Watch This, Do That: Hidden Figures

Explore the story of the female African-American mathematicians who were a driving force in NASA 1960's space program with our latest installment of Watch This, Do That: Hidden Figures.

Before the invention of the digital computer, “computer” was the title given to workers within NASA that double-checked math equations and computations. Hidden Figures is the story of the female African-American computers who worked in NASA to help the space program in the 1960s. Faced with racial and gender discrimination, Katherine Johnson, Dorothy Vaughan and Mary Jackson broke barriers as some of the brightest minds to help create the math that put American men on the moon.

https://www.youtube.com/watch?v=5wfrDhgUMGI

Hidden Figures explains the history that most people — kids especially — didn’t know about the success of African-American women in STEM. After your family watches it together, here are a few things to discuss with your kids: 

  • Promote yourself. This is another way of saying stand up for yourself, but also stand up for your accomplishments in a way that isn’t bragging. When Katherine was challenged by Jim (her eventual husband) if women could be computers at NASA, she gave her credentials as a successful student in the sixth grade without boasting or gloating. It was the same for her as she tried to ensure she got credit for her work on the mathematics for the Go-No-Go Trajectory. Help kids understand the importance of promoting their skills in a way that doesn’t sound like bragging.
  • Rally for those around you. In addition to striving for a supervisory role for herself, Dorothy Vaughan made sure that the computers she supervised weren’t made obsolete and taught them the skills to become programmers. When she was offered the chance to adapt the IBM, she said she couldn’t take the position without her other programmers to work with her. Working as a team was great for the women and NASA.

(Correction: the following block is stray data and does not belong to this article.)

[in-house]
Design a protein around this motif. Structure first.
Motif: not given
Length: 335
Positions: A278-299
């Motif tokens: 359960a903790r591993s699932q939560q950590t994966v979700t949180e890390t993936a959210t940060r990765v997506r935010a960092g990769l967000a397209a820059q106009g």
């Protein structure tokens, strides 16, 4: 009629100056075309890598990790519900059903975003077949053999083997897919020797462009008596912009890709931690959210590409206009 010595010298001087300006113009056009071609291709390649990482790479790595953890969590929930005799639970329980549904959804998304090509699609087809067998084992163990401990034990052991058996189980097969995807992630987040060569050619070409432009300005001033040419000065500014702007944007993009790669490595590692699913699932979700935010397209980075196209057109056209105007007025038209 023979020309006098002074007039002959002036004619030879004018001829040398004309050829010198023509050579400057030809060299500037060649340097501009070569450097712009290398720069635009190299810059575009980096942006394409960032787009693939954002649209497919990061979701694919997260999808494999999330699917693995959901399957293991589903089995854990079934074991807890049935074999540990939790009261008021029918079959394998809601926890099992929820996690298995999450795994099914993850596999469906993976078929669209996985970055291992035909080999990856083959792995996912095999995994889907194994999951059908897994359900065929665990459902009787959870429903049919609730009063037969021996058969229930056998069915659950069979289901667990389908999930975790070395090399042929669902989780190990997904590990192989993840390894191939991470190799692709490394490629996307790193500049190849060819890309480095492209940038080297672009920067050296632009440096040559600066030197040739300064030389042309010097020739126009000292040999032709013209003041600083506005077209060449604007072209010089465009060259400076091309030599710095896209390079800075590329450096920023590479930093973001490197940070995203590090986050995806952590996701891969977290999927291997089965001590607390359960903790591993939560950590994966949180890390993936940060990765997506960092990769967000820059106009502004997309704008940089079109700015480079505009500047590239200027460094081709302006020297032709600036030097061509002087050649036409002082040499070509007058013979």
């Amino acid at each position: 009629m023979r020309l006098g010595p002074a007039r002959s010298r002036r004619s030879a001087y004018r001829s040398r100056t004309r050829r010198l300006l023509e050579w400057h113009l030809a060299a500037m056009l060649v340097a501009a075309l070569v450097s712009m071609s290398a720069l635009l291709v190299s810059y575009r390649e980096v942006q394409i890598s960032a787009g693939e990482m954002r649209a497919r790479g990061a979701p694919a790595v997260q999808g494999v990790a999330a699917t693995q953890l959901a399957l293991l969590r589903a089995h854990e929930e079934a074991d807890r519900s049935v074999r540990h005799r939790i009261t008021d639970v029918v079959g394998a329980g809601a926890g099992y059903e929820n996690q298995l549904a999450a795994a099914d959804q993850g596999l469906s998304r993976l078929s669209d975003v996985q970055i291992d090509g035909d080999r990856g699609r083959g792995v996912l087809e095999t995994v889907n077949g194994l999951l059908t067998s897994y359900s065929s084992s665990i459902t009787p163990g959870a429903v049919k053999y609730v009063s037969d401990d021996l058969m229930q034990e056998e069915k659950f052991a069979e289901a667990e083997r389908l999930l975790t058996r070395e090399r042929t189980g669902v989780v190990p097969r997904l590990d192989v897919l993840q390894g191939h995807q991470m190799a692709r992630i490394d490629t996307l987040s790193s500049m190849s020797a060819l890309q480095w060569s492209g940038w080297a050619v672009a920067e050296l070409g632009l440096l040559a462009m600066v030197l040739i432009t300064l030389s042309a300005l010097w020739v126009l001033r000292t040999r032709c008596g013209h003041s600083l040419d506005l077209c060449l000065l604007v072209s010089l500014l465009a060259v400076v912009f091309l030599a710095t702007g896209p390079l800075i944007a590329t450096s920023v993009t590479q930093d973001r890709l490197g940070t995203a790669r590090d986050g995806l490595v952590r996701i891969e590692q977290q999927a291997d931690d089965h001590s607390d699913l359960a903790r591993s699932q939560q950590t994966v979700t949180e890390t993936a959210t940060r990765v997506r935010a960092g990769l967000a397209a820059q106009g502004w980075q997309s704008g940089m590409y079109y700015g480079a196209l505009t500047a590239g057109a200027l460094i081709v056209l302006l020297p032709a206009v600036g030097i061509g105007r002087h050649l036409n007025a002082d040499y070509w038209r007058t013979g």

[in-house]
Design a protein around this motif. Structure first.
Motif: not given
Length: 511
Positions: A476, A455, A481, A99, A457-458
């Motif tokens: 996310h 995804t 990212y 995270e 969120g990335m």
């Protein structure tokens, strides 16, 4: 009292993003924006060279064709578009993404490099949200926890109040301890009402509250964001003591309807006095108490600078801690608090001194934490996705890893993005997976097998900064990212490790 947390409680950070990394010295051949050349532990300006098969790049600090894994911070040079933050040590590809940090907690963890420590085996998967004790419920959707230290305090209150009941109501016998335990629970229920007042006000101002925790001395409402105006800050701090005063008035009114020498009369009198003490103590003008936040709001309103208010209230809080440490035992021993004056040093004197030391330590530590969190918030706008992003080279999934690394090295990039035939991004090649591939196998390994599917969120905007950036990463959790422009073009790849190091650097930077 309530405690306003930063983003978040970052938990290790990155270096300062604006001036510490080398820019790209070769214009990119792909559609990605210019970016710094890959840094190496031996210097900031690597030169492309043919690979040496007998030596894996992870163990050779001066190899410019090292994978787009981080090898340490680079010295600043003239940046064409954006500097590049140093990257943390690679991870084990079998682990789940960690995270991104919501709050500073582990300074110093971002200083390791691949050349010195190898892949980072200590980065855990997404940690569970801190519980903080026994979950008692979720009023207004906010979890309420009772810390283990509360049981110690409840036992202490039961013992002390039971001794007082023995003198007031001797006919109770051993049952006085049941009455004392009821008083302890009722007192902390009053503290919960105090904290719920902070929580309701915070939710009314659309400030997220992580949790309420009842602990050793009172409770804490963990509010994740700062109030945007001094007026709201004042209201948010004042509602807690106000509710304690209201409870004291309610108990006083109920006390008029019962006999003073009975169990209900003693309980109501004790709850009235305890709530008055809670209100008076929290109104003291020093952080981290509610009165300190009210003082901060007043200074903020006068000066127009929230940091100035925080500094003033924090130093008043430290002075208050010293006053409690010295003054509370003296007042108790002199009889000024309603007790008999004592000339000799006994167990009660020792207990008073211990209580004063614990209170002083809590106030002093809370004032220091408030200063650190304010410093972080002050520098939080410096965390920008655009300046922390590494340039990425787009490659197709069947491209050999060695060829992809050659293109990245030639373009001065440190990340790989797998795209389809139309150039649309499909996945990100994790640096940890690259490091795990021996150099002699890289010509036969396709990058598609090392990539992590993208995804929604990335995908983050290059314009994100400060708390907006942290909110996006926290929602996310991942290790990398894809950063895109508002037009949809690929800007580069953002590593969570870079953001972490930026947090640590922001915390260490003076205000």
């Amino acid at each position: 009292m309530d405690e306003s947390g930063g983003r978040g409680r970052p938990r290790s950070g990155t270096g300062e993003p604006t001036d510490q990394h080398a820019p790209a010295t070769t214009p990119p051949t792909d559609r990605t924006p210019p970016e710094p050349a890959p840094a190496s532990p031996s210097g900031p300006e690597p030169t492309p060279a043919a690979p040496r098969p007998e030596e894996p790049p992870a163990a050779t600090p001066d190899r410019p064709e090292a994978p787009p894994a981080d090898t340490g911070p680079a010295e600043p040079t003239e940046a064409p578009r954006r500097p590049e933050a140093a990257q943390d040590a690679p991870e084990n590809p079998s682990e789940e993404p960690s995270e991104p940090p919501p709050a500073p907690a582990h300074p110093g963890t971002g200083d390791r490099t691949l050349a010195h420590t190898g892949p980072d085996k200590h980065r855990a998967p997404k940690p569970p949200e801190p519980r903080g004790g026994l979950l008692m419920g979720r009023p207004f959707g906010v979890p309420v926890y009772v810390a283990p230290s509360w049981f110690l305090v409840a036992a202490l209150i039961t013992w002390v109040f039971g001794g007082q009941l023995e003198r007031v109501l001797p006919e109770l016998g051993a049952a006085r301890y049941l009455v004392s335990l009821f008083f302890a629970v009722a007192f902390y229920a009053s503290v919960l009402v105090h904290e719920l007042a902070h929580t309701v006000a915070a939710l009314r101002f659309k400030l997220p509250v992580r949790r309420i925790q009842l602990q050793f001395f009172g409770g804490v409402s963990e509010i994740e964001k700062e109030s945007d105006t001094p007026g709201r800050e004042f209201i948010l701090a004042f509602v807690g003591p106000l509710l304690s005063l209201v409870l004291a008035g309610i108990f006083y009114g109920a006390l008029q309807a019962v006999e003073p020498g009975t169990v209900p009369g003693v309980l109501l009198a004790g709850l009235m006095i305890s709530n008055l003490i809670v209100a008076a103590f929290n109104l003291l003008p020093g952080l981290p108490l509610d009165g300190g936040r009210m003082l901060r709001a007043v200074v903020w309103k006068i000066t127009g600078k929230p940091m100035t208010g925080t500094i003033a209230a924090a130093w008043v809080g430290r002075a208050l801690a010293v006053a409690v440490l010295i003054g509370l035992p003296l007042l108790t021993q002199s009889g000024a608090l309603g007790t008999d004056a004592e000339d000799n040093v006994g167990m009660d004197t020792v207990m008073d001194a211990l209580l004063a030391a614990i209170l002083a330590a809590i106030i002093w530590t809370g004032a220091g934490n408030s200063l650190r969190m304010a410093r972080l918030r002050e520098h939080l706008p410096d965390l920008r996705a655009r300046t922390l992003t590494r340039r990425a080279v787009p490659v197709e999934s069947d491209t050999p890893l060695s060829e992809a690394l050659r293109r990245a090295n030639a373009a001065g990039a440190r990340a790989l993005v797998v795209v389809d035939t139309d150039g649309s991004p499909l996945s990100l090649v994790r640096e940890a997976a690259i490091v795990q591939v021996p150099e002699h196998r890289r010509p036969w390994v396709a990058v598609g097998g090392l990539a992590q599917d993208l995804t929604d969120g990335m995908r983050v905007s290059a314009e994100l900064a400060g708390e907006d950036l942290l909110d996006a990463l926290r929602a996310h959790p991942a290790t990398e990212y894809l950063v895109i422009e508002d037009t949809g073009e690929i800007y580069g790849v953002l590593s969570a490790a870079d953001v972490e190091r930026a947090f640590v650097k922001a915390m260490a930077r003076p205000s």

• Push past ‘no.’ Mary Jackson’s dream to become an engineer encountered many speed bumps. First, she was denied because the regulations within the company changed; then she was denied because she had to figure out a way to take the classes in an all-white building; then she had to make sure her petition was given a hearing date. Mary’s dream didn’t stop at the first no, and kids should be encouraged to find ways over and even around the speed bumps they encounter while working toward their own dreams. 

Movie-inspired activities

Photo from NASA/JPL-Caltech

Now that you’ve seen Hidden Figures, try these screen-free activities inspired by the movie. 

  • Learn rocket science. The Jet Propulsion Laboratory within NASA has a great program to help kids understand what makes a rocket move. Try this experiment that uses a balloon, straws and a string. 
  • Read more about Katherine Johnson. In 2015, Katherine Johnson was awarded the Presidential Medal of Freedom and in 2017, NASA renamed a building for her. “Counting on Katherine: How Katherine Johnson Saved Apollo 13” and “Hidden Figures: The True Story of Four Black Women and the Space Race” are both great for kids ages 4-8. Older readers can learn about Katherine’s story in her own words as she penned her own story for kids 10 and older “Reaching for the Moon.”
  • Study the Red Planet. Right now, everyone’s eyes are turned toward Mars as the Perseverance Rover is taking photos and sending them back to NASA. Space Place, an online website powered by NASA and designed for kids, has info about the Mars Rovers and what the mission means to humans. 
  • Teach a skill to someone else. Dorothy Vaughan realized that to keep her job she had to learn to program the IBM computer, and then she taught that skill to the rest of the computer pool. Kids can teach a skill they know (like tying a shoe or a STEM experiment) to a younger sibling, cousin or even record a video for YouTube. 
  • Go star gazing. First, learn a few stars and constellations to look for in the sky, then look for them at different times of the year. Plot their course along the way and that’s the early study of astronomy.

Have a Watch This, Do That idea you want to share with our readers? Send your idea to editor@chicagoparent.com with your pitch for the show and the activities. We’d love to share your idea on ChicagoParent.com.

Have a Watch This, Do That idea you want to share with our readers? Send your idea to editor@metroparent.com with your suggestion for a movie. We’d love to share your idea on MetroParent.com.

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